Autism can be characterized by a wide array of developmental difficulties related to social interactions, communication, and behavioral repetition. Some experts have discussed how Autism can run in families, pointing to a possible genetic connection. Others have researched different environmental aspects that could have a possible effect on the increasing number of Autism diagnosis’. In a recent study, it was estimated that 1 in every 88 children in the US have Autism. Regardless, Autism remains a largely individualized condition effecting each person and family differently.
How Can Going Gluten Free Help?
While the connection still remains largely anecdotal, many families have noticed a marked difference in their autistic children when placing them on a gluten free diet. Many times, when paired with a casein free diet, the effects are more dramatic causing families to keep a strict GFCF diet for their families.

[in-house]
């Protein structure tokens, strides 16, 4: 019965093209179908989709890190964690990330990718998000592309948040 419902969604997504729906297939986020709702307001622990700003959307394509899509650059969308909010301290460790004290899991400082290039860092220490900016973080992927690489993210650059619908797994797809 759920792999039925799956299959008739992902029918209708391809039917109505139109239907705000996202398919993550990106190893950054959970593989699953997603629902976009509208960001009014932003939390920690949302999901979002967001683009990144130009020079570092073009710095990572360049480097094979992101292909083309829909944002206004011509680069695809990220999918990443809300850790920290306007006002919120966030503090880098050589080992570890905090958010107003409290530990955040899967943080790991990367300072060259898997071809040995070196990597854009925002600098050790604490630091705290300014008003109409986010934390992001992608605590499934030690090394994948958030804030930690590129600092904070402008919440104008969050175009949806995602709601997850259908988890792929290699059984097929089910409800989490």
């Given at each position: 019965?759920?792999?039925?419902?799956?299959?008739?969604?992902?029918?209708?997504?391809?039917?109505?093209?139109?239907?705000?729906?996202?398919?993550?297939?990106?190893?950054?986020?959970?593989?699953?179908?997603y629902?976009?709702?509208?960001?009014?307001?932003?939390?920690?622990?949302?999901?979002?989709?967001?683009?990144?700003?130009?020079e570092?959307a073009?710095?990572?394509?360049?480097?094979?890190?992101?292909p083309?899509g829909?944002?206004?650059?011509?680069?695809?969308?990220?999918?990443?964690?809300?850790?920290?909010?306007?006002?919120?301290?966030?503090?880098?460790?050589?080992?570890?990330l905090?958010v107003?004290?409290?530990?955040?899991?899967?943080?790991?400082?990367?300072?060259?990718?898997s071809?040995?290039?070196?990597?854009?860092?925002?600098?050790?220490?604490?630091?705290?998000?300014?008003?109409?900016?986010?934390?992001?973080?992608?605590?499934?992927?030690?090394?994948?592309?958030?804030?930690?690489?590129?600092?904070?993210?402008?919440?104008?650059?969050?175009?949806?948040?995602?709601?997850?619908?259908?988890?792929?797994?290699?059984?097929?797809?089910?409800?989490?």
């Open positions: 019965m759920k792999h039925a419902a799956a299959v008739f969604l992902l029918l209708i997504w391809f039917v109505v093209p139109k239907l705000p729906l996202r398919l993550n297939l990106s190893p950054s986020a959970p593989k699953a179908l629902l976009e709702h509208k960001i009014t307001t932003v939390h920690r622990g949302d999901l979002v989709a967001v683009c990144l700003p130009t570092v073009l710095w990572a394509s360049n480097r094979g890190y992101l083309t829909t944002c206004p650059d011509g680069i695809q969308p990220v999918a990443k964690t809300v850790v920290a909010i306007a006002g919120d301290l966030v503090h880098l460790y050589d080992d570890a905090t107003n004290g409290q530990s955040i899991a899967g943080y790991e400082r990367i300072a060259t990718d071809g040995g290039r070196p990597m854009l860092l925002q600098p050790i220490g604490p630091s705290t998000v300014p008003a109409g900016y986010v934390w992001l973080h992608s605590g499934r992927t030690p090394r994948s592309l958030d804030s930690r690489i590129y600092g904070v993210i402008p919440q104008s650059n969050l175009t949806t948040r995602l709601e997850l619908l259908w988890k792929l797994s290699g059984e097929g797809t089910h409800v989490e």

What is Gluten Anyway and Where Is It?
By Danna Korn, Living Gluten Free for Dummies, 2nd edition
Gluten has a couple of definitions; one is technically correct but not commonly used, and the other is commonly used but not technically correct. Here’s the common definition: Gluten is a mixture of proteins in wheat, rye, and barley. Oats don’t have gluten, but may be contaminated, so they’re forbidden on a strict gluten-free diet, too.
You can find lots of information about what you can and can’t eat on a gluten-free diet at www.celiac.com or other websites. But you need to have a general idea of what kinds of food have gluten in them so you know what to avoid. Foods with flour in them (white or wheat) are the most common culprits when you’re avoiding gluten. The following are obvious gluten-glomming foods:
- Cookies, cakes, and most other baked goods